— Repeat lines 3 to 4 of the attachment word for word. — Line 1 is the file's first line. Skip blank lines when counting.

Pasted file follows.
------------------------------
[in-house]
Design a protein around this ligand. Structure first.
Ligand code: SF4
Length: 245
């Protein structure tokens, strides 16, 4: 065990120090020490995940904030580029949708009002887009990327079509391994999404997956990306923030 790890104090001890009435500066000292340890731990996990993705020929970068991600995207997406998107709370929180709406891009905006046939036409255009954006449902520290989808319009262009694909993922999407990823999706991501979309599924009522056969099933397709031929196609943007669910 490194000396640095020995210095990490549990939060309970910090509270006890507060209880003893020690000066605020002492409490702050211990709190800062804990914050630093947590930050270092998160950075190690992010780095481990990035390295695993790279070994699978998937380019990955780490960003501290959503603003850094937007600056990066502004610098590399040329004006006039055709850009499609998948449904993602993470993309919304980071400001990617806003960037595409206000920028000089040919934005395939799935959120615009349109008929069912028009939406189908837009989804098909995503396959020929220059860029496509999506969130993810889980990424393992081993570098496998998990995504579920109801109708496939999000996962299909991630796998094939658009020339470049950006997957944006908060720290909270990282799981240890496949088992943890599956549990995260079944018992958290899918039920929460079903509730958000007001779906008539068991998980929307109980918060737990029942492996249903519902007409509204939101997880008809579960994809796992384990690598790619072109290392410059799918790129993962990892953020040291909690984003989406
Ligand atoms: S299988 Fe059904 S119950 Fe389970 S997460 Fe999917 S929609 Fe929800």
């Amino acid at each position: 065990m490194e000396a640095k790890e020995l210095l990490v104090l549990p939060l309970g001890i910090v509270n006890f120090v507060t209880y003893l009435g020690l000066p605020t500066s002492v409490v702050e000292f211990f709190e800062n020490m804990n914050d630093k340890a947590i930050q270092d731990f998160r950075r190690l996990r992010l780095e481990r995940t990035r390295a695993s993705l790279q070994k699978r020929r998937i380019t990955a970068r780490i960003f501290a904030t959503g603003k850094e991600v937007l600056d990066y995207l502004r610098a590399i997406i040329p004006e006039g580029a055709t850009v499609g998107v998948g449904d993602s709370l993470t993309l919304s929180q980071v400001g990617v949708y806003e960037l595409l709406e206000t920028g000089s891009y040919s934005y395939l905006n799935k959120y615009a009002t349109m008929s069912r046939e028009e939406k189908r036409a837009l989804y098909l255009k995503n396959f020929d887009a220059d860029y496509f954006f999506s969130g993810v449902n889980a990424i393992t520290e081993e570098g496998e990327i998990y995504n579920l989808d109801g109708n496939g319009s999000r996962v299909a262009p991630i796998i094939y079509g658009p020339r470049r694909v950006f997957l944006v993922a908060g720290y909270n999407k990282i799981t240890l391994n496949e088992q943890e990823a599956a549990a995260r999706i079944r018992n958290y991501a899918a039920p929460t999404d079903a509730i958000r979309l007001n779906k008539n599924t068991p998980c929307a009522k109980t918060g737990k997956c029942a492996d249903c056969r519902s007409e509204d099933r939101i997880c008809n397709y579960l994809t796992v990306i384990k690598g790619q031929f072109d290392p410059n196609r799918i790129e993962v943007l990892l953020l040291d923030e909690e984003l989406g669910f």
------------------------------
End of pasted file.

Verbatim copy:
Ligand code: SF4
Length: 245